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Off the Record (Apr 27, 2016)

THAT WAS AWFUL NEWS from Mendocino last week that described how an 11-year-old boy and his father, a Lake County deputy sheriff, were pulled from the ocean after they'd both been swept off the rocks at Mendocino Point near Mendocino Village. A Mendocino County sheriff’s deputy was among the first rescuers to arrive. The deputy threw an inflatable device — called a throw stick — to the clear-thinking boy, who swam to the device and used it to stay afloat until the fire department’s water rescue team could reach him on a Jet Ski. His father, however, was found unconscious and floating face down and has since died.

THESE OCEAN TRAGEDIES just keep on happening. We wrote of two early in 2009:

WHEN THAT YOUNG mother and her daughter were pulled into the ocean and drowned at Montara last week, it was one more terrible instance of people not being able to tell the difference between the beach and the surf line. Here in Mendocino County you see toddlers playing in the surf all the time at dangerous places like the little beach at Mackerricher, to name one particularly perilous ocean venue. And we all remember the sleeper wave that reached out to pull the visiting Italian scholar off the rocks at the Mendocino bluffs, his frantic wife and two weeping sons watching as the doomed man drifted farther and farther out to sea until he finally disappeared. At Ocean Beach in San Francisco I've seen the cops compelling people out of the water for their own safety during high surfs, and we read regularly of the unwary being carried off from Sonoma County beaches. Without making a total agoraphobe out of your kid, at a minimum he ought to know that life hangs by a thread, and that the thread often looks benign, like a sunny day at the seaside.

DATELINE FORT BRAGG. In the daily deluge of unsettling events, some are more unsettling than others. The murder of Dennis Boardman in his Fort Bragg home unsettled the heck out of many of us from Boonville to Westport. We knew Dennis well. We admired his resolve to stop drinking and sticking to his internal vow to himself to put it down for good. He had a good ten years of sobriety. Dennis had restored himself. And then he's beaten to death by a young man he'd known all his life.

JUST THE OTHER DAY, an unhinged woman named Robin Carpenter moved herself in with a 91-year-old Fort Bragg woman and then refused to leave. Neighbors heard screams. Quickly sussing out the situation, the neighbors offered Ms. Carpenter cash money to go away. Ms. Carpenter refused and the police were called to eject her. Ms. Carpenter, at some point in this depressing drama, fell and broke her nose. She says the police did it but, unfortunately for her, apparently other people saw her tumble on her own.

WE FOUND a 'Robin Carpenter' on Facebook where she's described as a writer and photographer who seems to come from the Bay Area. If the Fort Bragg Robin Carpenter is the Facebook Robin Carpenter it means that Robin Carpenter has run seriously off the rails, so seriously we're informed that she was turned away by Hospitality House, the catch-all Fort Bragg homeless assistance center. The picture that emerges here is of a deranged woman, probably made even more deranged by the omni-available methamphetamine, wandering around Fort Bragg until she encounters a vulnerable person living alone. This one could have turned out a lot worse, but Fort Bragg is still enough of a true community that people generally still look after each other. But nobody was looking when the young man moved in on a weakened Dennis Boardman and beat him to death.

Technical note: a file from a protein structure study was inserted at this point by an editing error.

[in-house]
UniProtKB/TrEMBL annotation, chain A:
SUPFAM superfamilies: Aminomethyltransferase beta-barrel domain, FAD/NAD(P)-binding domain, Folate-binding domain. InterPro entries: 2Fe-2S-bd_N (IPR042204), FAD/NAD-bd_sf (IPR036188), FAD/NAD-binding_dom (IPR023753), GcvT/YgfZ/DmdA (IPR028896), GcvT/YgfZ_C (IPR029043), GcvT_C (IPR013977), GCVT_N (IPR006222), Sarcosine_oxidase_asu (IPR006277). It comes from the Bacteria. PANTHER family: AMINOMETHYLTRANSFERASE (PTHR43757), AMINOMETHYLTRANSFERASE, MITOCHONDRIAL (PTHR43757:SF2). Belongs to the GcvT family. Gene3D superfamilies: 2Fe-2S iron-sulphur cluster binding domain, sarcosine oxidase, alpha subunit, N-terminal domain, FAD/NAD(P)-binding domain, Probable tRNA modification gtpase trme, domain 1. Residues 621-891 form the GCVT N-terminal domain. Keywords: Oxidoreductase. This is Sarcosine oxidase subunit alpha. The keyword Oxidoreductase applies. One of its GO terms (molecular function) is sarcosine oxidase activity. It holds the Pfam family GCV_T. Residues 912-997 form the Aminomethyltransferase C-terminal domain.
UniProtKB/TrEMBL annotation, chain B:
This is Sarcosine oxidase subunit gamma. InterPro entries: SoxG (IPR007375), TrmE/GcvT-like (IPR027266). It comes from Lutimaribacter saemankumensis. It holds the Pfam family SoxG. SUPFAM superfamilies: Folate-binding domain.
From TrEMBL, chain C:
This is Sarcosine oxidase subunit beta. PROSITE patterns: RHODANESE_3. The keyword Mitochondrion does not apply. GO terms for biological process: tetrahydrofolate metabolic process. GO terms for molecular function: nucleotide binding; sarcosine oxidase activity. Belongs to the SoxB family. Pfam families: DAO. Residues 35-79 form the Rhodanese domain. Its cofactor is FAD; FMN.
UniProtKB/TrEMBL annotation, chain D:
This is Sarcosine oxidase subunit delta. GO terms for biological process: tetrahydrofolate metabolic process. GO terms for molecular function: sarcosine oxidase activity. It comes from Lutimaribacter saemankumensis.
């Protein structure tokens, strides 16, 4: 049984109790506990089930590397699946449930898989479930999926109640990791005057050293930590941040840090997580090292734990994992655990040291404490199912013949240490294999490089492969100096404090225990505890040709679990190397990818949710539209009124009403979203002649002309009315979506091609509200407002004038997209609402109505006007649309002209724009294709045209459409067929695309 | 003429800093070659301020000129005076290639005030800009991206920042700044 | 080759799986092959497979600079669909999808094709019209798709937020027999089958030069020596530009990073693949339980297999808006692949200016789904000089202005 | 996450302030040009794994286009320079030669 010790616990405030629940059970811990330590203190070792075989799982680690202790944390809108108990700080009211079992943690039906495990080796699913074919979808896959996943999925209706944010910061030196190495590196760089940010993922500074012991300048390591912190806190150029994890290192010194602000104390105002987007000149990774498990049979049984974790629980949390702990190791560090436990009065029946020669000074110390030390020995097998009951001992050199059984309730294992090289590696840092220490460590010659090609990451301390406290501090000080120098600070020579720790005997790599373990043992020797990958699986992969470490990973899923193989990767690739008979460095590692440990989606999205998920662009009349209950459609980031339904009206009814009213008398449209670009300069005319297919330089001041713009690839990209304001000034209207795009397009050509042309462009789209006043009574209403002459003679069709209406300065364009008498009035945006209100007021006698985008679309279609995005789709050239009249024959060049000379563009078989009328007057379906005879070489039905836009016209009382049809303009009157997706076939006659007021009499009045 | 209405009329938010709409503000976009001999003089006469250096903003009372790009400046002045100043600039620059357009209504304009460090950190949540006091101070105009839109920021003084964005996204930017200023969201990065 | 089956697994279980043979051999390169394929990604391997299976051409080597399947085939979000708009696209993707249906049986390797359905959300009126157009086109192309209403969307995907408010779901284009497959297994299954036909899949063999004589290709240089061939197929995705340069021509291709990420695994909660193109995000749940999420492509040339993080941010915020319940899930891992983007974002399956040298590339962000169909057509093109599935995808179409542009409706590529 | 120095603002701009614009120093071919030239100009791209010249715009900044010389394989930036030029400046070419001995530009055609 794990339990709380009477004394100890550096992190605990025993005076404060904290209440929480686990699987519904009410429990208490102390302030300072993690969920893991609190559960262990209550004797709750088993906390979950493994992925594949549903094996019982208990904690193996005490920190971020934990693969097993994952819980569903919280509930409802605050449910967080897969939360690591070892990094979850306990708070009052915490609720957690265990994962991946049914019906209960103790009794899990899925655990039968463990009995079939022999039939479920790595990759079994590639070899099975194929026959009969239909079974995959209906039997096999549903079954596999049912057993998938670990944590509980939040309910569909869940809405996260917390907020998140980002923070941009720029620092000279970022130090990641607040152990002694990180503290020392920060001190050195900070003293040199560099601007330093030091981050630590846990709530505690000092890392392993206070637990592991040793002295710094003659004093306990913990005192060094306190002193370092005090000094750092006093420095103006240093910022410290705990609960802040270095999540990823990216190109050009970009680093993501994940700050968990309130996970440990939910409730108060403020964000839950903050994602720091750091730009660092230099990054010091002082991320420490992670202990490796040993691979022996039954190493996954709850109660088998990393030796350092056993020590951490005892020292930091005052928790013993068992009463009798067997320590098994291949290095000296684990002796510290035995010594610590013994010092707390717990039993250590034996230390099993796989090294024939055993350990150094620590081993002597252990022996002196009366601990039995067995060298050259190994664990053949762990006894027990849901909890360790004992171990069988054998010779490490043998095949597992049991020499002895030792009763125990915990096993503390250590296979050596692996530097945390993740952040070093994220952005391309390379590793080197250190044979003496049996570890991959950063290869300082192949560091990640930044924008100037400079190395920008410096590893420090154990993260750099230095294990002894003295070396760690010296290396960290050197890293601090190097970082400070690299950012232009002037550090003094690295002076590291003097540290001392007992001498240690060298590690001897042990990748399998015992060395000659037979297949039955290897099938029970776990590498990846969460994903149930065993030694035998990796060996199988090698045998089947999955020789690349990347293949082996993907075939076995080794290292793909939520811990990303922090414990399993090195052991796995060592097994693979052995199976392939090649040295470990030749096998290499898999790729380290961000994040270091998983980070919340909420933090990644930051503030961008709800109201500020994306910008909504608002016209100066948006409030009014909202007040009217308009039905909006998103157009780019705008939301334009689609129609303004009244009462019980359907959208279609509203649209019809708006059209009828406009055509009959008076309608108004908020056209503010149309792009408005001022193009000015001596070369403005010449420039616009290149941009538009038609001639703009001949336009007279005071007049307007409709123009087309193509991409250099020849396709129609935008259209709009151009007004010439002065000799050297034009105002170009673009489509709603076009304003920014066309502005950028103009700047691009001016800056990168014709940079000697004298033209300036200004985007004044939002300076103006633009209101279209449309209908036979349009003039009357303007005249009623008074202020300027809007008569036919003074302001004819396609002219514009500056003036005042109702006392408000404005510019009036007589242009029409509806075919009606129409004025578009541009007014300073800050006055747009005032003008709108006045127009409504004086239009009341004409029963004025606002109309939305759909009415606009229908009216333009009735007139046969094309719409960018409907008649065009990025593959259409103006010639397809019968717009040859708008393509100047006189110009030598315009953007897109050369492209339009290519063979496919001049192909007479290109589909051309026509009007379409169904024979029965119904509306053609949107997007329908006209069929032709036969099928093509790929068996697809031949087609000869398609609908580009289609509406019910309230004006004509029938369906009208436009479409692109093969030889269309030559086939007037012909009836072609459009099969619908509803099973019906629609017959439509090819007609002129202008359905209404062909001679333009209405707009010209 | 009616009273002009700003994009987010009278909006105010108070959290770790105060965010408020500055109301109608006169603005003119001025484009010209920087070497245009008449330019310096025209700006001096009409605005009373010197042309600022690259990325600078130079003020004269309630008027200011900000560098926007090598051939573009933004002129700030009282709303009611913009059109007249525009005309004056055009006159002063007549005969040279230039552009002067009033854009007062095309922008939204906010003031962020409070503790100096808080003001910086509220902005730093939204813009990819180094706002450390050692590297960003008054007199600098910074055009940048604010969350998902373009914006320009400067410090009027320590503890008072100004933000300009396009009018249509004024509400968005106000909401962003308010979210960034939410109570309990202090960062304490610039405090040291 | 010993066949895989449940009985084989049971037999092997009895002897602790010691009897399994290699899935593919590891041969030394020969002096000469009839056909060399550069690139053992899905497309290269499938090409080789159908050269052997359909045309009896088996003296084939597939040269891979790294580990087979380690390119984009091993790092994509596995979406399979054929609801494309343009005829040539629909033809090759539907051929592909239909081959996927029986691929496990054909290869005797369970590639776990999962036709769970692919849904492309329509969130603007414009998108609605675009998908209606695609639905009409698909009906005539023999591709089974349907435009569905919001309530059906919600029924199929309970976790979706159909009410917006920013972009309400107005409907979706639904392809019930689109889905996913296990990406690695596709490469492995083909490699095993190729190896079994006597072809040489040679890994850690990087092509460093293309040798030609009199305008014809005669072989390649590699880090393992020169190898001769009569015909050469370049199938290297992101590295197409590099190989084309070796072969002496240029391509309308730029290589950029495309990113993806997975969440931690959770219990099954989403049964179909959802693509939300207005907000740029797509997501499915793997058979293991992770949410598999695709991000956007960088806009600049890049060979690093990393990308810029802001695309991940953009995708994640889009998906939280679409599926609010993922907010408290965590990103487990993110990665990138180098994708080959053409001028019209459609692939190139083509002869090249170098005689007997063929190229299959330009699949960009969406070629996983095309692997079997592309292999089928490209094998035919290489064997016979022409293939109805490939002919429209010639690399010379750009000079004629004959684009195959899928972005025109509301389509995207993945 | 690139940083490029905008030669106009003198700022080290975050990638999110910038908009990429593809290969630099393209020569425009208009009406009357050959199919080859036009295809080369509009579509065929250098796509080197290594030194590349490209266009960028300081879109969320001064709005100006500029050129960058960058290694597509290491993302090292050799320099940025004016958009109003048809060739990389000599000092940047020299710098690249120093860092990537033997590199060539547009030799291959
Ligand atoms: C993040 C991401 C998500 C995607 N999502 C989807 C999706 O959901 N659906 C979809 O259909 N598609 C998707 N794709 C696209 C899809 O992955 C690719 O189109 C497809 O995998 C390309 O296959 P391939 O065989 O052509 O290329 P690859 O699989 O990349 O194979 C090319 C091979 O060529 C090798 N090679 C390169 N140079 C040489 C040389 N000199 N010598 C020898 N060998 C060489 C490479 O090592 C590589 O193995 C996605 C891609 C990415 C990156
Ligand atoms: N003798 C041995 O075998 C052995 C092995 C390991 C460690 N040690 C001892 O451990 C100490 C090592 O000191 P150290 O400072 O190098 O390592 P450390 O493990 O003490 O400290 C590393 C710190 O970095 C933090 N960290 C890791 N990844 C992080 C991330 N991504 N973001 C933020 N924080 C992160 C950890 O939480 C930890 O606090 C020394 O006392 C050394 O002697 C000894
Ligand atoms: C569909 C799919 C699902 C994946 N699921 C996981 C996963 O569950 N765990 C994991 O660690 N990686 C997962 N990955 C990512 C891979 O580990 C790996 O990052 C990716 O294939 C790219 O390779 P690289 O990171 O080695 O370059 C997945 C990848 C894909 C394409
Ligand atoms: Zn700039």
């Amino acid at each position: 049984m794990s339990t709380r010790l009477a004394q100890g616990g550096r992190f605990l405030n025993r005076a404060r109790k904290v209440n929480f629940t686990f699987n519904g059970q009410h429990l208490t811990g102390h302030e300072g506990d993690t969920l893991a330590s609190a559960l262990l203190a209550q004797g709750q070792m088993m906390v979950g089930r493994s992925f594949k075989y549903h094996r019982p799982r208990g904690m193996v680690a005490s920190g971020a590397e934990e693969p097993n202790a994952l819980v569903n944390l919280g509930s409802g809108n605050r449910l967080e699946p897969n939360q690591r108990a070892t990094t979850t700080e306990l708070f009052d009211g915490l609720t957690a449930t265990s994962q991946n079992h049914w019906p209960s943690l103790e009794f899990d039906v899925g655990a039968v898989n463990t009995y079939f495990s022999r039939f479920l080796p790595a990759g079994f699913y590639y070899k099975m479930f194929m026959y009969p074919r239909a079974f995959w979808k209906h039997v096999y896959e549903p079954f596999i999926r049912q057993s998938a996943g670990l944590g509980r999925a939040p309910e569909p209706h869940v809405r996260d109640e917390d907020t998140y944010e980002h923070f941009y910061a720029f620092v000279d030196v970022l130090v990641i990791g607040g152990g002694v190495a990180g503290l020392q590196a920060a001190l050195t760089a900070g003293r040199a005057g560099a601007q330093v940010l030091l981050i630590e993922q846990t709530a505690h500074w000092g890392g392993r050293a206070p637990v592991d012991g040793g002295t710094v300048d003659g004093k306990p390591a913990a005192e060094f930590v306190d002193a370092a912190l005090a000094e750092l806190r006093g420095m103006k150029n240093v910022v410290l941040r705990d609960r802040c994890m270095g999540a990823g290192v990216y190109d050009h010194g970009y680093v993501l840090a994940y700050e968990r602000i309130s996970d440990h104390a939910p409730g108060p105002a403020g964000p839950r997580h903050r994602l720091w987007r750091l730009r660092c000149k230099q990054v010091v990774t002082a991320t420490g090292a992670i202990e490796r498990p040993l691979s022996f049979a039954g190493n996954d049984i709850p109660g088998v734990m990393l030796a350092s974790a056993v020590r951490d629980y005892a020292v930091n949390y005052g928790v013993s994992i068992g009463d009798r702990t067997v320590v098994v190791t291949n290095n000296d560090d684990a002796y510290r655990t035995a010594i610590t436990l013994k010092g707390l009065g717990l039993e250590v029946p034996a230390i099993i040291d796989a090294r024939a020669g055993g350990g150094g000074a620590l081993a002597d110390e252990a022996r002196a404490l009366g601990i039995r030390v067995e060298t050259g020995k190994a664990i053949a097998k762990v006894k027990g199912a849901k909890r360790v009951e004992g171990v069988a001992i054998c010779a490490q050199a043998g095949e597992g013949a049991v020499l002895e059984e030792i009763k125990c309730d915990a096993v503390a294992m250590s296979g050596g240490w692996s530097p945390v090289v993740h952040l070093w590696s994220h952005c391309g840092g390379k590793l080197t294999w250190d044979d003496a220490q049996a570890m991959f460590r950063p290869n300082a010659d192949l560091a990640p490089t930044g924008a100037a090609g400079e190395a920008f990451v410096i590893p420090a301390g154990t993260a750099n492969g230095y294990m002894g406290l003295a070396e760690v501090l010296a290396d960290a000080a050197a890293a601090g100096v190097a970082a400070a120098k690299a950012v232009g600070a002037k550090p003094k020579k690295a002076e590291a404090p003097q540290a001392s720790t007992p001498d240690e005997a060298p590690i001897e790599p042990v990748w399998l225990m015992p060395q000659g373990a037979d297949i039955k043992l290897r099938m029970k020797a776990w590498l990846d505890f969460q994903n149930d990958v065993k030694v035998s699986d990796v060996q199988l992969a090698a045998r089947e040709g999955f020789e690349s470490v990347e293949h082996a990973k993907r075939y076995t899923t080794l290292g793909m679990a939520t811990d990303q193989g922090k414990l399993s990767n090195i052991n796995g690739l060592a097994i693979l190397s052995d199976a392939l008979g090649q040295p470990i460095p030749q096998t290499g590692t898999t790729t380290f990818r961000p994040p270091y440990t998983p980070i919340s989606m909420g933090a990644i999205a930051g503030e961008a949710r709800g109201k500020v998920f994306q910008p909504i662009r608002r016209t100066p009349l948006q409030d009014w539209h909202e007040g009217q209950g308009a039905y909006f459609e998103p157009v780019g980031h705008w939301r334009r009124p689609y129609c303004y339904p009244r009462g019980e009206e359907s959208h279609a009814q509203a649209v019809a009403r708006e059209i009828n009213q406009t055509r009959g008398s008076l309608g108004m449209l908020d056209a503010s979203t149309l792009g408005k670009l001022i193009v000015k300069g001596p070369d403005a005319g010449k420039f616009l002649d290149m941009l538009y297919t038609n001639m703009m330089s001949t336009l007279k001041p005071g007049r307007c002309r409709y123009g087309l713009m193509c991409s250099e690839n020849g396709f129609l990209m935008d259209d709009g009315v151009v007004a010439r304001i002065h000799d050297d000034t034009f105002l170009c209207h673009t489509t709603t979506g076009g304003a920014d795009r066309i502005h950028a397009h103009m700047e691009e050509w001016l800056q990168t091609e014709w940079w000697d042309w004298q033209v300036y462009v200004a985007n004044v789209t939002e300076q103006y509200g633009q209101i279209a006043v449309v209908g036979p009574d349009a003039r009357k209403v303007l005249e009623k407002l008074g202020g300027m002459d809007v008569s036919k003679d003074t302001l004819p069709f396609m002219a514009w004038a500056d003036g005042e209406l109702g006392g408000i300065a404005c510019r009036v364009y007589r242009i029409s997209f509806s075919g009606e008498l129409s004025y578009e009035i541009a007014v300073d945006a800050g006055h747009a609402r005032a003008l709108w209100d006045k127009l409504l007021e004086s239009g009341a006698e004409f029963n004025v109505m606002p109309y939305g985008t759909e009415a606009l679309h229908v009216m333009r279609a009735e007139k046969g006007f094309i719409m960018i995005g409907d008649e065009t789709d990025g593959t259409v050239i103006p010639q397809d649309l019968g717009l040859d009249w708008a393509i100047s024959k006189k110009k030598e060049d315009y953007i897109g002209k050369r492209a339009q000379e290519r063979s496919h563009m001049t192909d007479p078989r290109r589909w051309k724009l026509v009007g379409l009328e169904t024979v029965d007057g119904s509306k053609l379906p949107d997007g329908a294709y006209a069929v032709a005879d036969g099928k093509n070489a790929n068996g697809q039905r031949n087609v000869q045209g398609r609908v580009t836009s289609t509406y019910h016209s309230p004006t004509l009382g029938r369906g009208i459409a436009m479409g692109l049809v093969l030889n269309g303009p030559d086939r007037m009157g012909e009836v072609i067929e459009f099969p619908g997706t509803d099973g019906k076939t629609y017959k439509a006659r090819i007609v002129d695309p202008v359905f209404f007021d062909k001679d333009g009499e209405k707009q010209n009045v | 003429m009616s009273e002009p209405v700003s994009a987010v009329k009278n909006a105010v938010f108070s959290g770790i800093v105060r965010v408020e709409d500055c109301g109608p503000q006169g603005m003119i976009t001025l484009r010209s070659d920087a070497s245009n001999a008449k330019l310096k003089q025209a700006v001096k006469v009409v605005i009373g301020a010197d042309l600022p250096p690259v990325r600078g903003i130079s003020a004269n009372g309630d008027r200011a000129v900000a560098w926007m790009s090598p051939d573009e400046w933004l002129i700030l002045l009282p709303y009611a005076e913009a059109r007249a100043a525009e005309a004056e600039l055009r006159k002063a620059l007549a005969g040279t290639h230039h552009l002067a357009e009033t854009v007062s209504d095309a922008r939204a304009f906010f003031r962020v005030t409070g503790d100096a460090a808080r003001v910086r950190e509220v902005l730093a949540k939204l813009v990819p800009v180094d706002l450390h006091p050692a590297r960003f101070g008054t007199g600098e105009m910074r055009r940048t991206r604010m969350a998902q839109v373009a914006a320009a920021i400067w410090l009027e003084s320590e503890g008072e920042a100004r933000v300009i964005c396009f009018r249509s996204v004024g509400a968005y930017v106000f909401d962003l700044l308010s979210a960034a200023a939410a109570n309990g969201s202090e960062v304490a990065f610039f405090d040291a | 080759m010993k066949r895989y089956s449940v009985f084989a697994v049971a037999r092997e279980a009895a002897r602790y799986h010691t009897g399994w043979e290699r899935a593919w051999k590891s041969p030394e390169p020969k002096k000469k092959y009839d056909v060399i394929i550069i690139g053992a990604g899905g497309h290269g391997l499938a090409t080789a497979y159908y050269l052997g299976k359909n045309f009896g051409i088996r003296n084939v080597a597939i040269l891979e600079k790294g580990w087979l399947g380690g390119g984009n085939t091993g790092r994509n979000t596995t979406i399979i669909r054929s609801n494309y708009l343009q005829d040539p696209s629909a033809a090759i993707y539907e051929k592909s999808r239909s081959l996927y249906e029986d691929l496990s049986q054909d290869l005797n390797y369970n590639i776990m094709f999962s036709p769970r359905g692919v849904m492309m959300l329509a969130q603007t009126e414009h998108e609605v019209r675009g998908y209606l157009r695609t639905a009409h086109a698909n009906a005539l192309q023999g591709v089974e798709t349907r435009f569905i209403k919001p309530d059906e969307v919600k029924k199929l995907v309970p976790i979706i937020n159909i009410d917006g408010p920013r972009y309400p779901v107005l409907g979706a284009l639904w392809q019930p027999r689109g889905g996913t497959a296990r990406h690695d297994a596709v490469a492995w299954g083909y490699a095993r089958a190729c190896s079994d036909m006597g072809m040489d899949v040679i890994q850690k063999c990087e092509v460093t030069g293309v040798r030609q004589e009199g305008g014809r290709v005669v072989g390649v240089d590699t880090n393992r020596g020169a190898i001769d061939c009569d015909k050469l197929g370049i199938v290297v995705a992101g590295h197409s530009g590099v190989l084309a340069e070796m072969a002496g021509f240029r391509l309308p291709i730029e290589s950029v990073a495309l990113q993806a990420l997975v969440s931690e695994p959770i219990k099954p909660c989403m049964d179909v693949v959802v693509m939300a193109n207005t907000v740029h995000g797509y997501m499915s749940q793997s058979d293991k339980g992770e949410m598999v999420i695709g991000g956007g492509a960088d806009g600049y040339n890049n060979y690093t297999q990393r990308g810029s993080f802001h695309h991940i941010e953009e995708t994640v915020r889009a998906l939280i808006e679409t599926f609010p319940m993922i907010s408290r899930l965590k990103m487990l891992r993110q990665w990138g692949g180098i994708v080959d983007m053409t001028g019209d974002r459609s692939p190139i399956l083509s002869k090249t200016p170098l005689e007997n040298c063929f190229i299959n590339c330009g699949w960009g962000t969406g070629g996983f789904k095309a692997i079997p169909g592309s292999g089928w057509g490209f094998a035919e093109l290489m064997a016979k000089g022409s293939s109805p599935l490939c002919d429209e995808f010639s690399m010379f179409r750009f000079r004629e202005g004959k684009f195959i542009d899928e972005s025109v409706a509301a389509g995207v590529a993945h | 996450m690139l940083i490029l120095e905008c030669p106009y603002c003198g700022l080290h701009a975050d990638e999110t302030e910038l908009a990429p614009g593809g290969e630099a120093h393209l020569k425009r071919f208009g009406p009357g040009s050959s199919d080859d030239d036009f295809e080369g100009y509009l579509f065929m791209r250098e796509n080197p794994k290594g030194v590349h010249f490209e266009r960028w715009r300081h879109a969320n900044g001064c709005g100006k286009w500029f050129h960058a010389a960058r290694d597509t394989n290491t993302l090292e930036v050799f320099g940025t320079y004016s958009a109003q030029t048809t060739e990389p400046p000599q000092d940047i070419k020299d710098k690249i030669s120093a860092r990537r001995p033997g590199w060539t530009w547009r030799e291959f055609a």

SPEAKING OF FORT BRAGG, and we often do because it's our fave Mendo County town, I have a few observations about Malcolm Macdonald's thorough report on FB's Measure U discussion. Measure U would require that the town's central business area not be given over to homeless services. I happen to agree.

I THINK the furtive, hurry-up manner that official Fort Bragg went about the Old Coast Hotel purchase was plenty aggravating by itself without speculating about FB's blue-collar frustration. Before Fort Bragg knew what had happened, Dr. Carine, an apparently vengeful native son unable to privately sell his hotel for double what he sold it for to Hospitality House, had pocketed nearly a million public dollars for his historic building in the middle of town. (He also got a nice tax break.)

FORT BRAGG is already home to Hospitality House's mother ship, a way station for transients. It's located on the edge of the town center. The City of Fort Bragg entered into an agreement with the opaque management of HH to expand its operations into the Old Coast Hotel when other, less provocative Fort Bragg locations for expansion were available.

ALL OF THIS has occurred in the context of a piously false rhetoric that claims Hospitality House serves the "homeless." If one burns down one's own house, is one to be pitied as "homeless"? Very few of Mendocino County's homeless population have lost their homes out of a combination of bad luck and increasingly tight housing market conditions. The people out there "homeless" are mostly drunks, drug addicts, petty criminals, with a sprinkling of the mentally ill whose mental illness is made worse by street drugs and alcohol.

SIMPLY DRAWING the above distinction earns the person making it a mass auto-denunciation from the self-interested (the people who run and work in these failed helping programs) as "cruel, heartless" and so on.